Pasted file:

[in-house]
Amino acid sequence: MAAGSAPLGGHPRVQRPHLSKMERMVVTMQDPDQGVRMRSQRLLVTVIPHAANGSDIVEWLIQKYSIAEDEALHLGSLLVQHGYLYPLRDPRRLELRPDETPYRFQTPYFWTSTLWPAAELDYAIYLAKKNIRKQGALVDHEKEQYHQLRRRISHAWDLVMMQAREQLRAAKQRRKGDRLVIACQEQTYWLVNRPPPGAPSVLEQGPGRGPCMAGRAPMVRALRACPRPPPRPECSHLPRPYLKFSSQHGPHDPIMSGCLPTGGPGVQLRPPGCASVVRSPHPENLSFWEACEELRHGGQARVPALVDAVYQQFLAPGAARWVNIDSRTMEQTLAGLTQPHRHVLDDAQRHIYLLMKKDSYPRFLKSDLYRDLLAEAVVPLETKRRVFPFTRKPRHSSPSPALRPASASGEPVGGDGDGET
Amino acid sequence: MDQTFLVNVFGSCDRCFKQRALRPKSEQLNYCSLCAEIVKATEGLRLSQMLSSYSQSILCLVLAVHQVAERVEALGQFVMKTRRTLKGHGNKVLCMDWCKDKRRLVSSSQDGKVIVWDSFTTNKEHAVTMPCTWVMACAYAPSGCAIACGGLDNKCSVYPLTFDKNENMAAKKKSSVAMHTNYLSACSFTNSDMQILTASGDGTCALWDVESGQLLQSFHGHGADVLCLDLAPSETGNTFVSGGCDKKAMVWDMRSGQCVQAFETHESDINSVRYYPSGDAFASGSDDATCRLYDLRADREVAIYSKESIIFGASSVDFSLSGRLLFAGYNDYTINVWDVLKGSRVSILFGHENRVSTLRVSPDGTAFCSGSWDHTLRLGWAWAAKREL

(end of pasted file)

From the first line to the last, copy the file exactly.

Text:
[in-house]
Amino acid sequence: MAAGSAPLGGHPRVQRPHLSKMERMVVTMQDPDQGVRMRSQRLLVTVIPHAANGSDIVEWLIQKYSIAEDEALHLGSLLVQHGYLYPLRDPRRLELRPDETPYRFQTPYFWTSTLWPAAELDYAIYLAKKNIRKQGALVDHEKEQYHQLRRRISHAWDLVMMQAREQLRAAKQRRKGDRLVIACQEQTYWLVNRPPPGAPSVLEQGPGRGPCMAGRAPMVRALRACPRPPPRPECSHLPRPYLKFSSQHGPHDPIMSGCLPTGGPGVQLRPPGCASVVRSPHPENLSFWEACEELRHGGQARVPALVDAVYQQFLAPGAARWVNIDSRTMEQTLAGLTQPHRHVLDDAQRHIYLLMKKDSYPRFLKSDLYRDLLAEAVVPLETKRRVFPFTRKPRHSSPSPALRPASASGEPVGGDGDGET
Amino acid sequence: MDQTFLVNVFGSCDRCFKQRALRPKSEQLNYCSLCAEIVKATEGLRLSQMLSSYSQSILCLVLAVHQVAERVEALGQFVMKTRRTLKGHGNKVLCMDWCKDKRRLVSSSQDGKVIVWDSFTTNKEHAVTMPCTWVMACAYAPSGCAIACGGLDNKCSVYPLTFDKNENMAAKKKSSVAMHTNYLSACSFTNSDMQILTASGDGTCALWDVESGQLLQSFHGHGADVLCLDLAPSETGNTFVSGGCDKKAMVWDMRSGQCVQAFETHESDINSVRYYPSGDAFASGSDDATCRLYDLRADREVAIYSKESIIFGASSVDFSLSGRLLFAGYNDYTINVWDVLKGSRVSILFGHENRVSTLRVSPDGTAFCSGSWDHTLRLGWAWAAKREL